Guided reading. The guided reading strategy is used to help ESL learners get through challenging texts. Generally, it unfolds in three stages: before, during, and after reading.
1.Prior to reading, students are encouraged to brainstorm about the text and what it could be about and to anticipate questions they think the text could answer.
2.Students read the text using a combination of silent, pair, and group reading. During pair reading, for example, the teacher can focus his or her attention on ESL learners and help them in more challenging areas such as structure, vocabulary, and content.
3.After reading, the students are given response tasks which match their reading proficiency level. For example, describe characters or create a chart of adjectives that describe characters (OME, 2007, p.42).


ESL Infusion (University of Toronto)
This website offers checklists for educators in supporting ESL students, assistance in lesson planning and assessment, teaching ideas for ESL learners, resources for educators (list of videos, books, articles, internet sites, etc.), ESL stories and scenarios, external links, and much more.

Many Roots, Many Voices (Ontario Ministry of Education)
This document offers support for teachers and other professionals at the elementary and secondary levels in working with English language learners. It provides a number of practices and strategies that can be used in the school and the classroom, an exploration of the English language learner, and a list of references and resources for further reading.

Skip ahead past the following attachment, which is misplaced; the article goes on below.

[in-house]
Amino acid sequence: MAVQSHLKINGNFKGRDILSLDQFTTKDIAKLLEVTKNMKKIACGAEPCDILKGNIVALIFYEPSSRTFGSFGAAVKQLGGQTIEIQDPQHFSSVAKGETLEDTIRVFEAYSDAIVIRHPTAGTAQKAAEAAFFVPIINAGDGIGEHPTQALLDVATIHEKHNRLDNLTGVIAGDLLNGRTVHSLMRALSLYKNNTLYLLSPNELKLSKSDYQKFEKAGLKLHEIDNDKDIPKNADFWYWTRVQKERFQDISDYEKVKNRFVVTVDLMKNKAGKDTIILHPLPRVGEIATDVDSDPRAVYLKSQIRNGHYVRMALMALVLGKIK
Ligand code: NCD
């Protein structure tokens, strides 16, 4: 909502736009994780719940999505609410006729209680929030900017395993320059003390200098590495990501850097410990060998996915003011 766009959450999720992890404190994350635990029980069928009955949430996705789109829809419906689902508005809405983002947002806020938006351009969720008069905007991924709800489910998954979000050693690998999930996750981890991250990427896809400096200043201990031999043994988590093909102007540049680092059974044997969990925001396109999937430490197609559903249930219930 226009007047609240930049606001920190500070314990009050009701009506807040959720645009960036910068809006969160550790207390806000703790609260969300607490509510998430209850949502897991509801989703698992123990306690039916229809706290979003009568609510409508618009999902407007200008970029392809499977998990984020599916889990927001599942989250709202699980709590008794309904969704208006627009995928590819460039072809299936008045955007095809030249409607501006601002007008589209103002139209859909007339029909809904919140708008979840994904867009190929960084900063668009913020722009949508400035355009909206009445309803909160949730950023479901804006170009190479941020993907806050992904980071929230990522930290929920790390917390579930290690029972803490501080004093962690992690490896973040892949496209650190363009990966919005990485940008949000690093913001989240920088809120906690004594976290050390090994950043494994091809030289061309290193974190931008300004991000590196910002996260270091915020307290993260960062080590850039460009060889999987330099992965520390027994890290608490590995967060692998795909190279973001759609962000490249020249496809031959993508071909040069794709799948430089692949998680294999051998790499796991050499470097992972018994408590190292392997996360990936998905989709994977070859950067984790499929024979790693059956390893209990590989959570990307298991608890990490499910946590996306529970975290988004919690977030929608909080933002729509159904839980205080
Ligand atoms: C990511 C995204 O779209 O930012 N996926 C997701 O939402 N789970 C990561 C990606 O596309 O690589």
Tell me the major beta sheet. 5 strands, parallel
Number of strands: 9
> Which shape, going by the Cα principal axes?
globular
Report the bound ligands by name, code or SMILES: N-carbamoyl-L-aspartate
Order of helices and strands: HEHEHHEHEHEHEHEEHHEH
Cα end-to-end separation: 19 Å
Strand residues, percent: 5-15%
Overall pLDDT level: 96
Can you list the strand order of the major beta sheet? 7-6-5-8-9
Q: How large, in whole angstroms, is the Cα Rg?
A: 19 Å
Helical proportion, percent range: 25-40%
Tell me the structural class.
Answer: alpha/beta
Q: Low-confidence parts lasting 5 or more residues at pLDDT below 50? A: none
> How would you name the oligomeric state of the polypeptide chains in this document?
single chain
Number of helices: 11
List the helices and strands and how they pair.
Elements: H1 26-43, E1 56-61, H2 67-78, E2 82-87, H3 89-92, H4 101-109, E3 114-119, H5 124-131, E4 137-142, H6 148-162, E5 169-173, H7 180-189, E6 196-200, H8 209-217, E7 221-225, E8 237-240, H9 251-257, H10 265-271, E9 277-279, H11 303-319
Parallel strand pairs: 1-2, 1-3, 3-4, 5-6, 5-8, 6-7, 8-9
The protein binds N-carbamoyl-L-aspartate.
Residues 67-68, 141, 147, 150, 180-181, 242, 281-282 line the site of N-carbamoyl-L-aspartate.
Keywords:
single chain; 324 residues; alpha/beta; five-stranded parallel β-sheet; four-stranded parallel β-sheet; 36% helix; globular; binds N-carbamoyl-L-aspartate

English as a Second Language and English Literacy Development: The Ontario Curriculum Grades 9 to 12 (2007). Ontario Ministry of Education. Queen’s Printer for Ontario. Online.

Faltis, Christian and Cathy A. Coulter (2008). Teaching English Learners and Immigrant Students in Secondary Schools. New Jersey: Pearson Education, Inc.

Many Roots Many Voices: Supporting English Language Learners in Every Classroom (2005). Ontario Ministry of Education. Queen’s Printer for Ontario.Online.

Supporting English Language Learners with Limited Prior Schooling (2008) Ontario Ministry of Education. Queen’s Printer for Ontario. Online.